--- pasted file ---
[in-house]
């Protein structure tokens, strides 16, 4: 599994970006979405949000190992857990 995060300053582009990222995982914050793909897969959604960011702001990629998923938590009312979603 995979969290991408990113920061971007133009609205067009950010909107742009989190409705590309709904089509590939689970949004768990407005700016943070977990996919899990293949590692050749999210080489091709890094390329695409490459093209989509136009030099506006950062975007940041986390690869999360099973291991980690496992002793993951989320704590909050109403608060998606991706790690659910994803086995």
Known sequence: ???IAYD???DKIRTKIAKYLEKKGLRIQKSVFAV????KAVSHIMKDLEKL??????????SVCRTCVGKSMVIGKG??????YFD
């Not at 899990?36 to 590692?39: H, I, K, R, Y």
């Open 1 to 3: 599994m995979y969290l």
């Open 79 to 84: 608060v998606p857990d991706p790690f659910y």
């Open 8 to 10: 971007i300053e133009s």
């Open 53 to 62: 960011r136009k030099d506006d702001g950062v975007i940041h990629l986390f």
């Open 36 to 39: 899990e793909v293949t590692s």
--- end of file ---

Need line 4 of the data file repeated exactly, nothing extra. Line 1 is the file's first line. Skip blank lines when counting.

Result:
């Not at 899990?36 to 590692?39: H, I, K, R, Y």